Making friends is an important life skill, and the earlier you can teach your child the better! While you’ve likely already started on some skills that will be helpful, like teaching them to share, there are some specific ways you can teach your child about making friends. Here are just a few ways you can help your child prepare to meet new people and build thriving friendships!
1. Act out making friends at home
Before you start pushing your child to make friends with other kids in their school, daycare, or Sunday school class, give them a chance to role play with you! Talk to them about good social habits, and show them how it’s done in your own conversations. Good things to emphasize are asking questions, saying kind things about the other person, and trying to remember the other person’s name. In addition to these important parts of making a new friend, talk to them about what qualities make someone a good friend. That way, they can watch for those qualities in other kids, and work on developing those qualities themselves!
2. Provide lots of opportunities for them to practice
Now that your child has had the chance to practice playing and asking questions with you, it’s time for them to get some real-world practice! If your child is shy, it may be a good idea to start with a playdate at your home, so they can get comfortable with socializing in a known, safe environment. If your child is more outgoing, going to the park or attending a library event could also be good fits, giving them the opportunity to meet more people at once. You know your child best, so based on their comfort level with people you can make the call! After the planned social activity, ask them how they think it went and what they learned about their new friends. You may be surprised how much they remember!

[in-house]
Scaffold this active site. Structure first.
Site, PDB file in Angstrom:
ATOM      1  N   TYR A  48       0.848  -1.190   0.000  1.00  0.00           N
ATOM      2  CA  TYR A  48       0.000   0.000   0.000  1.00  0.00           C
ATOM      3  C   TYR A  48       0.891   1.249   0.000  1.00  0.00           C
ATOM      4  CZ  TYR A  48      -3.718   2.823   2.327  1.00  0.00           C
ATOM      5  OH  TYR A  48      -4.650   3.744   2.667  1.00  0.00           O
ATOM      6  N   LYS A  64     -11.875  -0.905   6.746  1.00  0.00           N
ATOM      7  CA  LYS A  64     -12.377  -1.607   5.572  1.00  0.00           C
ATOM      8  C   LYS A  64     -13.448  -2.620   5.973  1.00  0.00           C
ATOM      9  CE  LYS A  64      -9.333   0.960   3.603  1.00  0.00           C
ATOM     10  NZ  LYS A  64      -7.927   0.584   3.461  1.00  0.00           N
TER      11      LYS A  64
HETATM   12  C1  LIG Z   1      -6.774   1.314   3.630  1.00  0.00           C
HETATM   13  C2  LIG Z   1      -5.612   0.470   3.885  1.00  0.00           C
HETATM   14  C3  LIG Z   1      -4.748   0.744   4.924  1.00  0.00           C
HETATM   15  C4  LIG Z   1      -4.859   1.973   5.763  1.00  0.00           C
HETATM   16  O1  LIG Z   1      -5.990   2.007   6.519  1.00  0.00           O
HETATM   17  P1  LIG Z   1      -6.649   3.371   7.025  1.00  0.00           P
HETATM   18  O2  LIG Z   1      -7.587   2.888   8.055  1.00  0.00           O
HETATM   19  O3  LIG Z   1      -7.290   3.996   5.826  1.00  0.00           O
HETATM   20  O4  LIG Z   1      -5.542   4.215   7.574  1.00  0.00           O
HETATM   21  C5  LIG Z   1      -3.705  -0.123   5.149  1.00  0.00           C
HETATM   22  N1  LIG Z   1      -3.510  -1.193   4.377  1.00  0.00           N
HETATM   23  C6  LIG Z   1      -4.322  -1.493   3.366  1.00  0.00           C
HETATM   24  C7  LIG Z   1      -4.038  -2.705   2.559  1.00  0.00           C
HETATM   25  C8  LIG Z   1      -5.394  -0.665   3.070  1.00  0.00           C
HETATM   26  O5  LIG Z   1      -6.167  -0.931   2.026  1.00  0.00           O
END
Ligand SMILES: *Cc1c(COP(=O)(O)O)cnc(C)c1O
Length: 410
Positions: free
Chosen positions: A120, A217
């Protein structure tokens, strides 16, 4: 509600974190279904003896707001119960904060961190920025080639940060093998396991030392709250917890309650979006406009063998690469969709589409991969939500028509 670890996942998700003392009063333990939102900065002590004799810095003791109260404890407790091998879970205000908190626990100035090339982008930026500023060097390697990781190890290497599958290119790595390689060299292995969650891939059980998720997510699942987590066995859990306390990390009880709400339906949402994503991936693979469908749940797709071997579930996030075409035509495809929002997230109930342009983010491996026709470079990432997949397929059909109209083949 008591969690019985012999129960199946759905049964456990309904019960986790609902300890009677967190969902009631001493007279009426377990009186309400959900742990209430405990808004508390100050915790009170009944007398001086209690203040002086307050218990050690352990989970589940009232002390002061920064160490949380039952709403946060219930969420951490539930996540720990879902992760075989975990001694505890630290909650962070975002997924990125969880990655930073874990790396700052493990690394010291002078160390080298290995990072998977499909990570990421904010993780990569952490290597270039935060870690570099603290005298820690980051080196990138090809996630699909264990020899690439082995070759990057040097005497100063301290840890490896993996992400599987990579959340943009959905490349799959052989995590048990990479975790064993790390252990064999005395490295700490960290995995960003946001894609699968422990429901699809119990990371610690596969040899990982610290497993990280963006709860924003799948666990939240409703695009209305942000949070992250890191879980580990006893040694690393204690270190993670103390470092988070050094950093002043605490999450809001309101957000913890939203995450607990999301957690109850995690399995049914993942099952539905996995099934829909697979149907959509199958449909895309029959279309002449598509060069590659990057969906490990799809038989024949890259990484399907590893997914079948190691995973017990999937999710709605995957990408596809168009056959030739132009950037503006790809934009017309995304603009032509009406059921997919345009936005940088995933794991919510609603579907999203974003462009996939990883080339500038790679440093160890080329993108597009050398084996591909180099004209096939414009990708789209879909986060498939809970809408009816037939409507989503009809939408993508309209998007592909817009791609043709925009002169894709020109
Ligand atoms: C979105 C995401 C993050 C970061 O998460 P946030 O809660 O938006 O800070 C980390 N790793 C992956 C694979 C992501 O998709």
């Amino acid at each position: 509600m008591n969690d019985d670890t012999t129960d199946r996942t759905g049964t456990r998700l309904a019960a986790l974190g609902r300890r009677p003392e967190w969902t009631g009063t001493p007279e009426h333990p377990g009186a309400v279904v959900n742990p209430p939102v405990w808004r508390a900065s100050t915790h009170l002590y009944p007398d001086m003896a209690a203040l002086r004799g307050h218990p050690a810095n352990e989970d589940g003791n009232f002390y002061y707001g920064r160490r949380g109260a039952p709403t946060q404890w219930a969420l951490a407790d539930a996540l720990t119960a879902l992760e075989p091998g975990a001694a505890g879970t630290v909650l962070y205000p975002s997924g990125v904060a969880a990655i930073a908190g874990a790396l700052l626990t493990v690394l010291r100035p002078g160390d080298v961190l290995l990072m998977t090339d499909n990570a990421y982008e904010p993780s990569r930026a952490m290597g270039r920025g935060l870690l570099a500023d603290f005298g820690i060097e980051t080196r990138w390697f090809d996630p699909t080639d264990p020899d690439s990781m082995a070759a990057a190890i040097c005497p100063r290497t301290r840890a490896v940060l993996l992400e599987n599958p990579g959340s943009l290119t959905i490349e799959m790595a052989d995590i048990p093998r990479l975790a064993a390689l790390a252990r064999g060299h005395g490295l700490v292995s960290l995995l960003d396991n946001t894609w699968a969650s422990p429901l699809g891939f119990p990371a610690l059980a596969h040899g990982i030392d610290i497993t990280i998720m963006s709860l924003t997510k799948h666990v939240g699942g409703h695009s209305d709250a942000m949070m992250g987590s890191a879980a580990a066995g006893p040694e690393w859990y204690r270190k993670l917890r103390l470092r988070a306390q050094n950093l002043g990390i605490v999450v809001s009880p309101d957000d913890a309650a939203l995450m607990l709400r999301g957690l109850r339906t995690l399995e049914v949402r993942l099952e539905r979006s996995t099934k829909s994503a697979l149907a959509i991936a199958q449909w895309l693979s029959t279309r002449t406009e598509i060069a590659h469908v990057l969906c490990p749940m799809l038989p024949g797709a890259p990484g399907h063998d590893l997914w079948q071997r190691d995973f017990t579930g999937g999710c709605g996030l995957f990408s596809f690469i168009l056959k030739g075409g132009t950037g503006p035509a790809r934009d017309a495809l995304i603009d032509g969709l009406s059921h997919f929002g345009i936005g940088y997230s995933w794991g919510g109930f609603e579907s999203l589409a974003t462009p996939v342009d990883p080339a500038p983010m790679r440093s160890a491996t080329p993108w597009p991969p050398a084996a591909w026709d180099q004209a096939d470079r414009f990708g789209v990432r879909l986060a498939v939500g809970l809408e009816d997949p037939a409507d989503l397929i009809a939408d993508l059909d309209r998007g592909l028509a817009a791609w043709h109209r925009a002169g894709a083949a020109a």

3. Be intentional about boosting your child’s self-confidence
Whether they make lots of new friends very quickly or struggle for a while, it’s important your child knows they can count on you! By being intentional about encouraging your child and boosting their self-confidence, you can help them recover from rejection and get ready to get back out there. Remind them of things they are good at, and encourage them to continue meeting new people. It’s okay if the first couple of kids they try to become friends with aren’t great fits! Let your child know you love them no matter what, and you’re proud of them for trying.
Now, you’re ready to start teaching your child about making friends!